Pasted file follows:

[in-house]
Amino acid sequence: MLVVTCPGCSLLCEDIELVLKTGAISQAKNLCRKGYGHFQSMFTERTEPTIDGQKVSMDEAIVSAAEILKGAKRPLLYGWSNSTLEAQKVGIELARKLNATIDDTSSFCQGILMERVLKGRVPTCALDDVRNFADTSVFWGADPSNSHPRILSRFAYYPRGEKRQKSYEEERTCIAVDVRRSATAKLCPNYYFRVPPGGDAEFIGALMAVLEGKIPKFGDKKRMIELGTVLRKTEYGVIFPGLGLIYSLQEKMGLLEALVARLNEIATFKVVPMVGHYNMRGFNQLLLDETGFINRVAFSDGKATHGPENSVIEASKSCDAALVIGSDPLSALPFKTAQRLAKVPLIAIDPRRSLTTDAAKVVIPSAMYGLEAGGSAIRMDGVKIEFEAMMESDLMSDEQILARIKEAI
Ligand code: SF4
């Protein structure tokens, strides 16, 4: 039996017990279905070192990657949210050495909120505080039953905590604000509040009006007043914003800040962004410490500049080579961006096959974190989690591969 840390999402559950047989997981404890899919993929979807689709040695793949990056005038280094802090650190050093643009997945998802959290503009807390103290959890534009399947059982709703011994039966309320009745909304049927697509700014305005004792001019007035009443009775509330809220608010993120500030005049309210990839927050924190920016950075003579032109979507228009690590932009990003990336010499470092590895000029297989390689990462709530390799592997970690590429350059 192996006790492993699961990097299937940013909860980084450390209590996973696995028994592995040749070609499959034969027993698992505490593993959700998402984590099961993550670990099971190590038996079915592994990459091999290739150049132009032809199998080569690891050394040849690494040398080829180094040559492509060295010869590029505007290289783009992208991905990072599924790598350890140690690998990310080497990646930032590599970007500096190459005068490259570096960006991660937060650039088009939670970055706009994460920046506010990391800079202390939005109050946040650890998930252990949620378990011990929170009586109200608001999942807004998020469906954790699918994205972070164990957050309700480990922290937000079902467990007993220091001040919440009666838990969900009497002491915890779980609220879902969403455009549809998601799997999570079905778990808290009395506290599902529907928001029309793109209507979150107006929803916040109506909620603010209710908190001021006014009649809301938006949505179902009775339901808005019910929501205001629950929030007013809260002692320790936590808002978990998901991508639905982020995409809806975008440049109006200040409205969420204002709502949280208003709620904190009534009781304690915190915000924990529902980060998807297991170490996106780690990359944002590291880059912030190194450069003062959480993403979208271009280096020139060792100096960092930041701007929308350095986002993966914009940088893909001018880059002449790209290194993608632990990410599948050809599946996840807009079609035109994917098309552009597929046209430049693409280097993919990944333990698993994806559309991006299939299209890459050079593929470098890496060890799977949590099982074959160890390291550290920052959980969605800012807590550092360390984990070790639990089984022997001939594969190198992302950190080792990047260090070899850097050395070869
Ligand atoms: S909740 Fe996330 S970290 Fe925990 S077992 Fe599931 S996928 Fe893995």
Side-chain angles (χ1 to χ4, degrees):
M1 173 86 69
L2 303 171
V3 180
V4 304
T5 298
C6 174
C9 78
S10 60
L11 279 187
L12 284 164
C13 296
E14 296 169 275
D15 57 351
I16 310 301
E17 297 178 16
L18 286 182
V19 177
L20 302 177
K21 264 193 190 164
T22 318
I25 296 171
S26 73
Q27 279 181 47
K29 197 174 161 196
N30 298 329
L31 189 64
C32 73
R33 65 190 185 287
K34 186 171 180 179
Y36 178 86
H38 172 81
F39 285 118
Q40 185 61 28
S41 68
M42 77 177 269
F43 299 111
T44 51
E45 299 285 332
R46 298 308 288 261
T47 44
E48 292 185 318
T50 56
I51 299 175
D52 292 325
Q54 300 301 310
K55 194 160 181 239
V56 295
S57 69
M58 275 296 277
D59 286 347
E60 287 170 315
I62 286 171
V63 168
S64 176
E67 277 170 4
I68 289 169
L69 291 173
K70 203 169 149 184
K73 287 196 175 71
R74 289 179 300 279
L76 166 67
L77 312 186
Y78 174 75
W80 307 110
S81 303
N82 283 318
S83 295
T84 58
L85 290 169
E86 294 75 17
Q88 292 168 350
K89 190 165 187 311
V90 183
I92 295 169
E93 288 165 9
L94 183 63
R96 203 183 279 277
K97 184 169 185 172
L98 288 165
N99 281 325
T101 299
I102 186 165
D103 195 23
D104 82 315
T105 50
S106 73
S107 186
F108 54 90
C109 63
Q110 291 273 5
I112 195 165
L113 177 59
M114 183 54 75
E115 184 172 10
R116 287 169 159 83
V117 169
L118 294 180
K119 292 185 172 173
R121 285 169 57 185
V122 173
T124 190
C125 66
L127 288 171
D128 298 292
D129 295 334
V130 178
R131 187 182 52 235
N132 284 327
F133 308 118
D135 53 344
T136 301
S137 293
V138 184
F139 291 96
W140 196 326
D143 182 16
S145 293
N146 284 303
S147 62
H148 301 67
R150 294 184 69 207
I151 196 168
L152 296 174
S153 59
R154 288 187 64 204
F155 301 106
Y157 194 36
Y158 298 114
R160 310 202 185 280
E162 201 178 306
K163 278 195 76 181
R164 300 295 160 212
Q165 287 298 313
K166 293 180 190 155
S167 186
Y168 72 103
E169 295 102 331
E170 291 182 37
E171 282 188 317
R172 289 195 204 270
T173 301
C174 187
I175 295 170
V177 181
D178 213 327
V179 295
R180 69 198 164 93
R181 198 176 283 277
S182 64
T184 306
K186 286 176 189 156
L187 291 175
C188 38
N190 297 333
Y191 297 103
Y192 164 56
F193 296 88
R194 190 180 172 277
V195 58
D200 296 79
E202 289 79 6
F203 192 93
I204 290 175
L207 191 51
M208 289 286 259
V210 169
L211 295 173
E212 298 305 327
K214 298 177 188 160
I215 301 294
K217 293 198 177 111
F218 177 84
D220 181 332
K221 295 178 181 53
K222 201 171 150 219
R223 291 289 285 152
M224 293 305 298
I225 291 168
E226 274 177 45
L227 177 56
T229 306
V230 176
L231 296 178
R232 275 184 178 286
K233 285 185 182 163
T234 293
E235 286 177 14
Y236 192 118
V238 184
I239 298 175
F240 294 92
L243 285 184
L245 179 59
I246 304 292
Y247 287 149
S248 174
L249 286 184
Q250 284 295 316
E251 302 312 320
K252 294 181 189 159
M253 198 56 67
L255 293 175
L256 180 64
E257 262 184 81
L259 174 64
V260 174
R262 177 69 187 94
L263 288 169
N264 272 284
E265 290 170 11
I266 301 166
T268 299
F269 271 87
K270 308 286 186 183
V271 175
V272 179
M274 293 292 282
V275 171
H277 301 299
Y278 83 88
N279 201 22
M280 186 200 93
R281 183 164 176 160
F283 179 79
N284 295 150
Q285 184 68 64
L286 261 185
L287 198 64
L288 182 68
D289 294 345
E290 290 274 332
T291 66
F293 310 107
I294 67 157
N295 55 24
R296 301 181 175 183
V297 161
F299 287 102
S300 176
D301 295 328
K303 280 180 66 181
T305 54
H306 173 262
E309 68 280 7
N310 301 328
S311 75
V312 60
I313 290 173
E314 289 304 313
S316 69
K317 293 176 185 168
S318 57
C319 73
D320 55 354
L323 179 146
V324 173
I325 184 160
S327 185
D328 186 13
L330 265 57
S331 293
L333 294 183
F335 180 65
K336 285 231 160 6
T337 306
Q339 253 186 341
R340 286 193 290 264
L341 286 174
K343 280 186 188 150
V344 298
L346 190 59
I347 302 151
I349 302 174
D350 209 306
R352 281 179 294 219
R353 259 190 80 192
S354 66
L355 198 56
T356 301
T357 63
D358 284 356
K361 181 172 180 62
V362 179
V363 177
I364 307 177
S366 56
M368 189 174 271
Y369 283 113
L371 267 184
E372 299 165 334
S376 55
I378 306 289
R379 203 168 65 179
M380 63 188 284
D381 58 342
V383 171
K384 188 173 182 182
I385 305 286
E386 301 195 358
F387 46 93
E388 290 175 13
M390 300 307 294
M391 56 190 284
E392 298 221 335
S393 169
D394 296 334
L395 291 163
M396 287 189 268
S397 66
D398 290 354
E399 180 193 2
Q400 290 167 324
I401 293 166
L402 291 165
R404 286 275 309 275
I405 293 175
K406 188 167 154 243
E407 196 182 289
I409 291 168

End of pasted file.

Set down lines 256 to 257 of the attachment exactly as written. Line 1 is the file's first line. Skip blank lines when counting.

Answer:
S316 69
K317 293 176 185 168